Photographing Infants and Toddlers: Working With Short Attention Spans

Photographing Infants and Toddlers: Working With Short Attention Spans

Some time earlier this year, I had this idea to try and find my own approach to portraiture solely for children. It was a multi-faceted idea which came to me pretty much at random. I was reviewing some of my recent portrait work when I realized that I had only ever worked with a couple of children as my subjects throughout my entire running career as a photographer. I figured out a long time ago that family portraits really just weren't something I was interested in, but that didn't really have anything to do with my actual choice of subjects. Just because I didn't want to shoot family portraits didn't necessarily mean that I couldn't work with kids.

Ultimately, I realized that the reason I was avoiding shoots with children was because I was afraid of how difficult they would be. What started out as a simple exercise solely to figure out whether I could or not, ended up becoming one of the most enjoyable and educational experiences of my career behind a camera. When it comes to working with infants or toddlers, children whose cognitive abilities are still just barely growing, meaning that they might hear you but they can't really talk to you, it can be pretty tricky to try and take their picture. Here are a few lessons I learned along the way.

1. Movement, Sound, and Touch

Pay attention to what interests them most and use it. Realistically, you're going to be using basic human psychology as your ally. Most children who haven't learned the elements of speech will use movement, sound, and touch to communicate and they will usually respond quite well to impulses of movement, sound, and touch. Having other parents, siblings, pets, or even inanimate objects handy will make it much easier for you to direct their attention and reactions. Even sitting a child down in a reactive environment (e.g., tall grasses, leaves, water, etc.) will give them something to grasp onto, play with, and direct their attention.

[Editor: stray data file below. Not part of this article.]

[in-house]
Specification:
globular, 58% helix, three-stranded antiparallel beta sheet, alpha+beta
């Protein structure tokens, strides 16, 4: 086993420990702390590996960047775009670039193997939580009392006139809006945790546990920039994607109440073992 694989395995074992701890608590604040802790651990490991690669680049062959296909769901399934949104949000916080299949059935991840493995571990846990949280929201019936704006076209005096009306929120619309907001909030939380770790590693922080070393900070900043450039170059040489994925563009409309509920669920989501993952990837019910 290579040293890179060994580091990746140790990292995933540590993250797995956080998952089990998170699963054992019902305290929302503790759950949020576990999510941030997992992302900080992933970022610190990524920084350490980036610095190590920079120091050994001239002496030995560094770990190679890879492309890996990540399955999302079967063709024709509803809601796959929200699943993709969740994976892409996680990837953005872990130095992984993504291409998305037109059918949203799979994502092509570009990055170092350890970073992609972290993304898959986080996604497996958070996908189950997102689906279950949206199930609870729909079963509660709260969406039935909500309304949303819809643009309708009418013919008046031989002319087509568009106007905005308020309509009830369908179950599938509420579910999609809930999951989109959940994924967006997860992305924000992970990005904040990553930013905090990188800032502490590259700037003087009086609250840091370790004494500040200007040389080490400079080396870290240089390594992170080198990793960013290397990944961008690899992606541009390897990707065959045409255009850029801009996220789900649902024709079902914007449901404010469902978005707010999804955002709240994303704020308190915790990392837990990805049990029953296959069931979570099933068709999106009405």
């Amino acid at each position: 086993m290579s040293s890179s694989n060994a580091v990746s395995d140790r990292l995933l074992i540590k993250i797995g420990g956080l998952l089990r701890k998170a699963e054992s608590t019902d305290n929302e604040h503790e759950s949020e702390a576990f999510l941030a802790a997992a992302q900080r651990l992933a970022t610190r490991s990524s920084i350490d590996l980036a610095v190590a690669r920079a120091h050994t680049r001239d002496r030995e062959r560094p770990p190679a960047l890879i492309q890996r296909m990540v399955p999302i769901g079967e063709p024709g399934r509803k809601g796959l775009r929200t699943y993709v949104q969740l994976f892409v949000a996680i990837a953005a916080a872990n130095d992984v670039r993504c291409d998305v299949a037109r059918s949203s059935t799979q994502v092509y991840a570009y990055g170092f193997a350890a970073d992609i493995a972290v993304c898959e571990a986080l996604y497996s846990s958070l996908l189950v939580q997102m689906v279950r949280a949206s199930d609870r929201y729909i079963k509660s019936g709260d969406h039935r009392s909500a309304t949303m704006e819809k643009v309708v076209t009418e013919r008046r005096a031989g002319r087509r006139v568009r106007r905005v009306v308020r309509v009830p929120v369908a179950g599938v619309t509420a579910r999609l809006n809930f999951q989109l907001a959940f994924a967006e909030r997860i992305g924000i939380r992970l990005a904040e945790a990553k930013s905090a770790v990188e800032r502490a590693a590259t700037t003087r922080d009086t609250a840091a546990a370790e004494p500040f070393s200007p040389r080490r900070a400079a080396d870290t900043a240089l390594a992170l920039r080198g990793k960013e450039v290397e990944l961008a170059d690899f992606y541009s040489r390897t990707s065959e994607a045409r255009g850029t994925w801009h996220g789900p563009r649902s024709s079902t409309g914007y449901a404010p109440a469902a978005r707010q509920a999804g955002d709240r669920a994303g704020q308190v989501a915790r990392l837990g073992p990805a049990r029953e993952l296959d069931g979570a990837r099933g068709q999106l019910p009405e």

2. Be Their Friend

Honestly, what works for some child may just not work for another. The trick is to simply find out what actually does work for the child that is in front of your camera at the moment. Some infants and toddlers will be more outgoing than others, some don't want to leave mom's side, still others just want to go for a run. Read the situation, don't try to control it because that hardly ever works. I've had some kids pick up sticks and try to sword fight me the entire shoot, so guess what? I picked up my own stick and let them beat it to death with their own. Hell, it made them smile. Who cares if most of the shots were of them holding a stick?

3. Get Down on Their Level

Seriously, stop standing, and get down to their level. To them, you're just some tall thing with a blob of a face and a giant glass and metal object that you keep pointing at them. It humanizes you to get down to their level, it means you can actually exist in their world, and it helps you gain their trust that much more. In addition to all that, it will ultimately allow your shots to be that much more interesting. Infants and toddlers aren't that much different than you or I when it comes to interacting with something that is new or foreign to their world. To want to interact with something new, there needs to be a reason for them to want to do so. Being friendly, engaging, and down to earth (literally) will make it that much easier for you to bridge those communication gaps with the children in front of your lens.